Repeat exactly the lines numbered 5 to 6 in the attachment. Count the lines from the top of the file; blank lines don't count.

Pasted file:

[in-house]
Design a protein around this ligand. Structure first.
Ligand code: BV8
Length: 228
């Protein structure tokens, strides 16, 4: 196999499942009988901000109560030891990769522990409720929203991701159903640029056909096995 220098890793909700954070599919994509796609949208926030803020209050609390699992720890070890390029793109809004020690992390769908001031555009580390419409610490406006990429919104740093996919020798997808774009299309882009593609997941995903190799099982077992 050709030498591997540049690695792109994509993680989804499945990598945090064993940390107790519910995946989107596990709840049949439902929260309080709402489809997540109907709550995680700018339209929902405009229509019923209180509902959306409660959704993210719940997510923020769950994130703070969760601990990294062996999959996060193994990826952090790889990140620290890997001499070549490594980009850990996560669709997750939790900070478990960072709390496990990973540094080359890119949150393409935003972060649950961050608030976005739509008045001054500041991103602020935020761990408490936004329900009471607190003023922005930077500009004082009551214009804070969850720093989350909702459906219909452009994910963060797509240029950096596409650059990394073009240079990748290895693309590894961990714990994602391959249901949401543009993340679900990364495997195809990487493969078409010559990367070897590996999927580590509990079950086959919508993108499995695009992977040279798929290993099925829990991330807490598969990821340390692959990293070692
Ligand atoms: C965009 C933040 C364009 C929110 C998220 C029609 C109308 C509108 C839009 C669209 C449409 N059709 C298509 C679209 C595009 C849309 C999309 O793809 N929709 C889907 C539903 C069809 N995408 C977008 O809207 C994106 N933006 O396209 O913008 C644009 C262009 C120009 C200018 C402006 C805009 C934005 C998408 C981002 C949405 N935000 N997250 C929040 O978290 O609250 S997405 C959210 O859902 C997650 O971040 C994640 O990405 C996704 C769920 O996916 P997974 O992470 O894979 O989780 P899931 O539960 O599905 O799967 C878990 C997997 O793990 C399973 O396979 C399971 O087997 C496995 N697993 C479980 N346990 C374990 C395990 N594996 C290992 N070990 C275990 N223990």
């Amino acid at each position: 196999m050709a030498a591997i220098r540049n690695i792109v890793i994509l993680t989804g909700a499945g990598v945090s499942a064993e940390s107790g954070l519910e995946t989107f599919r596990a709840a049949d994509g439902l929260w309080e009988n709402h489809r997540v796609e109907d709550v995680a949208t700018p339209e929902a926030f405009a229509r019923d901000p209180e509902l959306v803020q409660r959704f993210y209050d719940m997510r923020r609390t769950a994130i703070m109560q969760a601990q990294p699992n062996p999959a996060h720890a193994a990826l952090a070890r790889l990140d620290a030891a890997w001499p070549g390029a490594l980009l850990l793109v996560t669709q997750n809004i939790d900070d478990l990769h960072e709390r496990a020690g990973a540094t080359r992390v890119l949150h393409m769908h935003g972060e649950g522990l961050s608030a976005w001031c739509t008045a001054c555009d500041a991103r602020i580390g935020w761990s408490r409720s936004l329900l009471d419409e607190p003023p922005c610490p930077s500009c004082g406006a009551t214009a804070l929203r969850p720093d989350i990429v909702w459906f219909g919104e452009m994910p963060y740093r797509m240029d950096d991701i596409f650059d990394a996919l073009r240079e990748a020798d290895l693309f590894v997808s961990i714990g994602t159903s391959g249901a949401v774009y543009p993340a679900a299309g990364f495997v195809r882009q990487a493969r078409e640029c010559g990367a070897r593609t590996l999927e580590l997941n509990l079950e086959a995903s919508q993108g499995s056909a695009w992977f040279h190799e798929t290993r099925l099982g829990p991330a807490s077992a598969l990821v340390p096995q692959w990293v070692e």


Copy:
């Protein structure tokens, strides 16, 4: 196999499942009988901000109560030891990769522990409720929203991701159903640029056909096995 220098890793909700954070599919994509796609949208926030803020209050609390699992720890070890390029793109809004020690992390769908001031555009580390419409610490406006990429919104740093996919020798997808774009299309882009593609997941995903190799099982077992 050709030498591997540049690695792109994509993680989804499945990598945090064993940390107790519910995946989107596990709840049949439902929260309080709402489809997540109907709550995680700018339209929902405009229509019923209180509902959306409660959704993210719940997510923020769950994130703070969760601990990294062996999959996060193994990826952090790889990140620290890997001499070549490594980009850990996560669709997750939790900070478990960072709390496990990973540094080359890119949150393409935003972060649950961050608030976005739509008045001054500041991103602020935020761990408490936004329900009471607190003023922005930077500009004082009551214009804070969850720093989350909702459906219909452009994910963060797509240029950096596409650059990394073009240079990748290895693309590894961990714990994602391959249901949401543009993340679900990364495997195809990487493969078409010559990367070897590996999927580590509990079950086959919508993108499995695009992977040279798929290993099925829990991330807490598969990821340390692959990293070692
Ligand atoms: C965009 C933040 C364009 C929110 C998220 C029609 C109308 C509108 C839009 C669209 C449409 N059709 C298509 C679209 C595009 C849309 C999309 O793809 N929709 C889907 C539903 C069809 N995408 C977008 O809207 C994106 N933006 O396209 O913008 C644009 C262009 C120009 C200018 C402006 C805009 C934005 C998408 C981002 C949405 N935000 N997250 C929040 O978290 O609250 S997405 C959210 O859902 C997650 O971040 C994640 O990405 C996704 C769920 O996916 P997974 O992470 O894979 O989780 P899931 O539960 O599905 O799967 C878990 C997997 O793990 C399973 O396979 C399971 O087997 C496995 N697993 C479980 N346990 C374990 C395990 N594996 C290992 N070990 C275990 N223990």